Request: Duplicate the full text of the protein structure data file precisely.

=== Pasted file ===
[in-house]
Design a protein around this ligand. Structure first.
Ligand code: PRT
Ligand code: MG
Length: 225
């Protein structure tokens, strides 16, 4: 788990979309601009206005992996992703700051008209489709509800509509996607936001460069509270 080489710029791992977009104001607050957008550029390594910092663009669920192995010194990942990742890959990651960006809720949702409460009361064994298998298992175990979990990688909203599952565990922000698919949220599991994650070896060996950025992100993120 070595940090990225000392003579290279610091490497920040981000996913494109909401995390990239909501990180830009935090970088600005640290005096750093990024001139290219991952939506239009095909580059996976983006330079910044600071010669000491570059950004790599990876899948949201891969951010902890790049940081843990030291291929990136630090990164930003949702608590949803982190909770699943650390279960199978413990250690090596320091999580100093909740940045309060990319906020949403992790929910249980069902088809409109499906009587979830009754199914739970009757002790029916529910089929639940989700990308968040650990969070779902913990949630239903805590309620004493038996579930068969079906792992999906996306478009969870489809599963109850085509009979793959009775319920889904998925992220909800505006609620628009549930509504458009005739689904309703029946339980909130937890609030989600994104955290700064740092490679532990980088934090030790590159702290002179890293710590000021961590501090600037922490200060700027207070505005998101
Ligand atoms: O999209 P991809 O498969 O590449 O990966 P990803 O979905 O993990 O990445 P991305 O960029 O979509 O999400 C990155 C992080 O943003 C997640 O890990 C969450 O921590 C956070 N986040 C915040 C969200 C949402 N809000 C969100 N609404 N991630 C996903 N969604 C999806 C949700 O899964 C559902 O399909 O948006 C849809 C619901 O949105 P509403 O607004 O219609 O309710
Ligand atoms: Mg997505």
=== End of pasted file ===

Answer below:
[in-house]
Design a protein around this ligand. Structure first.
Ligand code: PRT
Ligand code: MG
Length: 225
């Protein structure tokens, strides 16, 4: 788990979309601009206005992996992703700051008209489709509800509509996607936001460069509270 080489710029791992977009104001607050957008550029390594910092663009669920192995010194990942990742890959990651960006809720949702409460009361064994298998298992175990979990990688909203599952565990922000698919949220599991994650070896060996950025992100993120 070595940090990225000392003579290279610091490497920040981000996913494109909401995390990239909501990180830009935090970088600005640290005096750093990024001139290219991952939506239009095909580059996976983006330079910044600071010669000491570059950004790599990876899948949201891969951010902890790049940081843990030291291929990136630090990164930003949702608590949803982190909770699943650390279960199978413990250690090596320091999580100093909740940045309060990319906020949403992790929910249980069902088809409109499906009587979830009754199914739970009757002790029916529910089929639940989700990308968040650990969070779902913990949630239903805590309620004493038996579930068969079906792992999906996306478009969870489809599963109850085509009979793959009775319920889904998925992220909800505006609620628009549930509504458009005739689904309703029946339980909130937890609030989600994104955290700064740092490679532990980088934090030790590159702290002179890293710590000021961590501090600037922490200060700027207070505005998101
Ligand atoms: O999209 P991809 O498969 O590449 O990966 P990803 O979905 O993990 O990445 P991305 O960029 O979509 O999400 C990155 C992080 O943003 C997640 O890990 C969450 O921590 C956070 N986040 C915040 C969200 C949402 N809000 C969100 N609404 N991630 C996903 N969604 C999806 C949700 O899964 C559902 O399909 O948006 C849809 C619901 O949105 P509403 O607004 O219609 O309710
Ligand atoms: Mg997505």